I’ve recently been refreshing some internal training content for our Avanceon University and I wanted to share some items that we have found to be key in developing adult learning courses, whether the intended audience is our own staff or our customers. These eight design points help organize an effective training course and provide a framework for how to train and evaluate individuals.
1. Overall Training Objective – What is the training’s singular purpose? As an example, let’s talk about an overall training objective of providing controls engineers with basic System Platform troubleshooting tools.
2. Target Audience – Who is the training targeting? What is their background and experience level? For our example, this might be engineers who have not yet or just recently started with Wonderware.
3. Pre-requisites – What would attendees need to already know before attending this training? In my case, I would have wanted them to go through the prior training class, which is an Introduction into System Platform class.
4. Training Elements – What are the individual skills, tasks or activities that you want participants to learn? Make sure you break down the items as discretely as you can so that you have a more comprehensive offering and evaluation. There may be just a few or there may be a whole bunch. For this training example, I have a number of training elements. For the following questions, we can focus on the element of utilizing Object Viewer for detailed script execution information.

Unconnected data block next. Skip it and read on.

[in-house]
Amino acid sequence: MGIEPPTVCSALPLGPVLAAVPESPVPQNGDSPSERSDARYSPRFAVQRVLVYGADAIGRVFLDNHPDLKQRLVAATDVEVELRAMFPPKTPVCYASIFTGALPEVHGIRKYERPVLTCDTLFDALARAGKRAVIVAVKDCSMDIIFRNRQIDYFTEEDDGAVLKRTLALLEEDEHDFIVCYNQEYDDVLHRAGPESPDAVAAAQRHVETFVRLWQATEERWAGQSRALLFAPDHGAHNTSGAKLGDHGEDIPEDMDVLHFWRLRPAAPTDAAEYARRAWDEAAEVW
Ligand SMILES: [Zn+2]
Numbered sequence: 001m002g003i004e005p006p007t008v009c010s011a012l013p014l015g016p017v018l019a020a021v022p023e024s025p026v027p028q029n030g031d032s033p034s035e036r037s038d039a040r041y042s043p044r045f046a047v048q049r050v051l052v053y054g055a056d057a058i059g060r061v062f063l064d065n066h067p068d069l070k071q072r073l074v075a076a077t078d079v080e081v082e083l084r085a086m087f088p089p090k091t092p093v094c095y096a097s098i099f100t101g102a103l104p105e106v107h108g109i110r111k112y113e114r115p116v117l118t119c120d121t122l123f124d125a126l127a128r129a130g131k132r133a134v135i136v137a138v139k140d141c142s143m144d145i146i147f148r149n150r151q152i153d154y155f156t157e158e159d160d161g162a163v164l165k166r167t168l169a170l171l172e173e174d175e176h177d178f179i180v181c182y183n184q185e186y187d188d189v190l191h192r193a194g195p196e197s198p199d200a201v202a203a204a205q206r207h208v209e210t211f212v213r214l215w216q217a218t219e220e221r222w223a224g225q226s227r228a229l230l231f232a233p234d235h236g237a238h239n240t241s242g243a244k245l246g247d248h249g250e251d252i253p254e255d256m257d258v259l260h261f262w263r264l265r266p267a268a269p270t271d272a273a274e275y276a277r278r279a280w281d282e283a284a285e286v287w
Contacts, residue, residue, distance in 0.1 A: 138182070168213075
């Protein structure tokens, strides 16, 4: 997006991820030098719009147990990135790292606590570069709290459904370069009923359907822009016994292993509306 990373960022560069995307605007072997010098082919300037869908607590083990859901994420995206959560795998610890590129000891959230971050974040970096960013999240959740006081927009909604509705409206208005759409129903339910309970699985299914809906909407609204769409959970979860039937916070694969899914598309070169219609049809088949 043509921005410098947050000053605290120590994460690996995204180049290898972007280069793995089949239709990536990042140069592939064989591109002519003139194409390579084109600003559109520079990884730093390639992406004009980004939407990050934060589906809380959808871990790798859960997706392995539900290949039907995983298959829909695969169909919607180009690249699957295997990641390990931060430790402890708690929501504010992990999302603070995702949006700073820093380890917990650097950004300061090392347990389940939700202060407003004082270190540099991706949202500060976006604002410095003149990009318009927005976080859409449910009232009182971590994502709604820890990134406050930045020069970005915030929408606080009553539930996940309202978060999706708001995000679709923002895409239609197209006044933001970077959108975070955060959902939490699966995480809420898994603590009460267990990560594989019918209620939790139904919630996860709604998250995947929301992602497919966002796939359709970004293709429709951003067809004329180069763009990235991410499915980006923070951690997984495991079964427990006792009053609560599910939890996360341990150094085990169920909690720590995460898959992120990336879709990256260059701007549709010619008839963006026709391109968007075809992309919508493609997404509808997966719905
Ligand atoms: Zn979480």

5. Objective Statements – Turn each training element into an objective statement. Objective statements are structured as follows: People (A), given (B), will do (C) to a level of (D) proficiency. For our example here, we might say Junior Wonderware Engineer, given an issue with a script, will utilize Object Viewer to ascertain the execution details of the script including, but not limited to, number of times executed, last date/time executed, average execution elapsed time, last execution elapsed time, number of times executed in error and did the last execution result in an error.
6. Resources – What item(s) does the attendee need in order to learn and demonstrate a given training element? These are typically things that need to be prepared in advance and given to the attendee during the training of that element. For my example training element, I would need a galaxy setup running a script that had a known error that I could point the engineer to troubleshoot.
7. Performance Indicators – How will you evaluate the attendee and know that they have mastered this specific element to the given proficiency? This might be demonstration, a written test or some other method. You should have an answer key, rubric or other scoring method to determine success on a given element. Here I would maybe create an answer key that would have what was wrong with the existing script and at least one acceptable correction to fix the issue.
8. References – What information needs to be provided for the attendee to accomplish a given element? This is especially important if you are creating self-paced training, but also if additional references might be helpful in developing a further understanding of an element beyond what is discussed by the instructor. For this example I might refer to specific sections in a training manual, user’s manual and/or deployment guide pertaining specifically to how to call up Object Viewer and what properties exist for scripts.
Have you found these to be important factors? What have you found is key to your training? Drop us a note and let us know. And don’t forget to tune in next time for another exciting adventure entitled either “Ar-‘Test’-ed Development” or “Classes with Curly”.